Plan a Mornington Peninsula getaway

Gippsland

The wilderness of Gippsland stretches from Melbourne to Victoria's border with New South Wales, covering 542 kilometres (337 miles). It offers Victoria's largest coastal wilderness area, Wilsons Promontory, which is threaded with walking tracks and wildlife. For more of the unique Gippsland landscape, head out to explore the Gippsland Lakes, a network of lakes, marshes and lagoons covering more than 600 square kilometres (230 square miles). Go on a guided tour to see the stalactites and stalagmites of Fairy Cave and the calcite-rimmed pools of Royal Cave or spot wildlife at the Buchan Caves Reserve where you can stay in safari-style wilderness retreats. Follow the Gippsland Food and Wine Trail for the freshest seafood along the coast, wines at Wild Dog and Tambo wineries, batch beers and gins at Loch Brewery & Distillery, Prom Country Cheese and a local meal at the Tinamba Hotel.

Spend five days in Gippsland

The Great Ocean Road

Forget the destination, the Great Ocean Road is all about the journey. If it's the highlights tour you want, head for the world-famous waves at Bells Beach or laze on the sand at Anglesea. Visit the charming fishing village of Port Fairy and get among the buzzing arts community in Lorne. Take a selfie with the 12 Apostles, and then head inland to see the thundering waterfalls as you walk along the tops of ancient, mossy trees at the Otway Fly Treetop Walk. Thrill seekers can opt for the Otway Fly Zipline Tour which zips between "cloud stations" 30 metres (98 feet) above the forest floor. Cool-climate wineries stretch the length of the Great Ocean Road, so be sure to stop off at cellar doors like Basalt in the Henty region, or Bellbrae Estate near Bells Beach. Book well in advance for the upmarket restraunt Brae, and settle in for the night at Drift House in scenic Port Fairy.

Don't miss these incredible experiences along the Great Ocean Road

Sovereign Hill

Stepping into Sovereign Hill feels like going back in time, way back to 1851. The town is an open-air museum that re-creates Ballarat during the first 10 years after the discovery of gold. Set on an original mining site, and complete with costumed characters, you can walk into the shops, hotels, theatre, school, factories, gold diggings and underground mines as if they were still functioning today. Return from your foray into the past with a visit to the Ballarat Wildlife Park, then head to Tuki Trout Farm. Hook a rainbow trout from the farm's pond, then have it cooked fresh in the on-site restaurant. Stay at the Tuki Retreat, or head into Ballarat. This town is full of hidden laneways and secret spots, and you can see many of them on a hidden-treasure - food and shopping tour. Indulge in a meal at Underbar, an exclusive dining experience serving tasting dishes inspired by the seasons and surrounds for 16 diners at a time, so book ahead.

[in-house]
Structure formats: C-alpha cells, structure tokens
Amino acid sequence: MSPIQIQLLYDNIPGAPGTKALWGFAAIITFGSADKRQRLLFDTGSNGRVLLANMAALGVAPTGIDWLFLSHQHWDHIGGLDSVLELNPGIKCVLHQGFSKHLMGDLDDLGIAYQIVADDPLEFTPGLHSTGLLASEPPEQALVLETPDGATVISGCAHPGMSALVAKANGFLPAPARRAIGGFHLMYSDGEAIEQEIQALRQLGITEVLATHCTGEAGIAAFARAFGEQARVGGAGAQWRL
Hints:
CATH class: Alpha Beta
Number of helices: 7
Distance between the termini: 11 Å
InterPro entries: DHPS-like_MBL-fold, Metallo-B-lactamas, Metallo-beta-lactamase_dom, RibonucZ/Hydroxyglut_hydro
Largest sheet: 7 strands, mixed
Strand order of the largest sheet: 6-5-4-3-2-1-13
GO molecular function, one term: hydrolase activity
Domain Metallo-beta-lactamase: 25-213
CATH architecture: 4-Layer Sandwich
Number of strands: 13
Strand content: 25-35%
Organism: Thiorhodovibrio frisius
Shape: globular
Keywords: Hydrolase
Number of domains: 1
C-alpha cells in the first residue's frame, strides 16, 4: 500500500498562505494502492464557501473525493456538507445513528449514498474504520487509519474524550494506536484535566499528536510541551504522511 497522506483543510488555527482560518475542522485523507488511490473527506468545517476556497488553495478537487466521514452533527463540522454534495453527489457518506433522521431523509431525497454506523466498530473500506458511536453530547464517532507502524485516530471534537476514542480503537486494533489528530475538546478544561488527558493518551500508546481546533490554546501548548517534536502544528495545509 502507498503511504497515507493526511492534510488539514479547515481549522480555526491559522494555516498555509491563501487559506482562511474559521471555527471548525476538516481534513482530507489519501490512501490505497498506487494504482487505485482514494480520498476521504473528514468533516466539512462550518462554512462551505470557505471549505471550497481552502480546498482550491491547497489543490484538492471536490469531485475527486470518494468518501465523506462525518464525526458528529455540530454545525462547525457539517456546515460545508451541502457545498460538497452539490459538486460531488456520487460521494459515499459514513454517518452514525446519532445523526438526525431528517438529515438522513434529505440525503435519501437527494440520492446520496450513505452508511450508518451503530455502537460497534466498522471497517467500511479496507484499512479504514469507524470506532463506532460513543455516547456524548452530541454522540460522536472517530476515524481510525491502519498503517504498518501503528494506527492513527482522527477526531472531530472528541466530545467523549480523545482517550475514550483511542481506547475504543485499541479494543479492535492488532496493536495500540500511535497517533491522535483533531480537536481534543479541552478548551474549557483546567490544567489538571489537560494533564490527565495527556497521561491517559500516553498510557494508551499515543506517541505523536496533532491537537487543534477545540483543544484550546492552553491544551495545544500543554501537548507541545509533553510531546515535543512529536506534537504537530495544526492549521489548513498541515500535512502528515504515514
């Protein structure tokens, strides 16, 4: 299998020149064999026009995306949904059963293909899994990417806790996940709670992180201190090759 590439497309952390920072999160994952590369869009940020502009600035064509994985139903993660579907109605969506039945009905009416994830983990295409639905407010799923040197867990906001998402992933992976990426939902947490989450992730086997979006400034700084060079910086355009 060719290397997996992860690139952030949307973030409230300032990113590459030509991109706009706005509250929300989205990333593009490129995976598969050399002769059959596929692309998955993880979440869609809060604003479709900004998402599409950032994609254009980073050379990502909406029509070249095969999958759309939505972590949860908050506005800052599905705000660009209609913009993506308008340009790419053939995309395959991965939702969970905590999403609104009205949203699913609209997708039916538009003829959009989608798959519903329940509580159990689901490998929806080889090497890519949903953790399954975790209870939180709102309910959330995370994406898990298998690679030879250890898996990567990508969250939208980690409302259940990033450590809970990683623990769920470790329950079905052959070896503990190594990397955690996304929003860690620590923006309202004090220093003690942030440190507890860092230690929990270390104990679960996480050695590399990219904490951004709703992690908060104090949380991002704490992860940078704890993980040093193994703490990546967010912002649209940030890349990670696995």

Learn more about Sovereign Hill

The Grampians

A three-hour drive will get you to the Grampians National Park, an incredible mountain landscape dotted with quaint towns. Get a taste of local Aboriginal culture and see anicent rock art at the famous Bunjil's Shelter. Take a guided tour from Halls Gap for a richer understanding. The area is also known for quality red and vibrant white wines with big names like Seppelt, Montara and Best's. You can jump aboard a Grampians winery tour, or hop on a Grampians Helicopters picnic tour and really take in the grand scale of the surrounds. After you've indulged, get out and explore the landscape. Trek the rugged cliffs and cascading waterfalls, go fishing or canoeing and get up close to the native wildlife. Travel to Mount Arapiles-Tooan State Park, where you can scale dramatic rock formations. Then wind down your day with a meal at the Royal Mail Hotel, regulary voted one of the best dining destinations in Australia.

Spend three days in the Grampians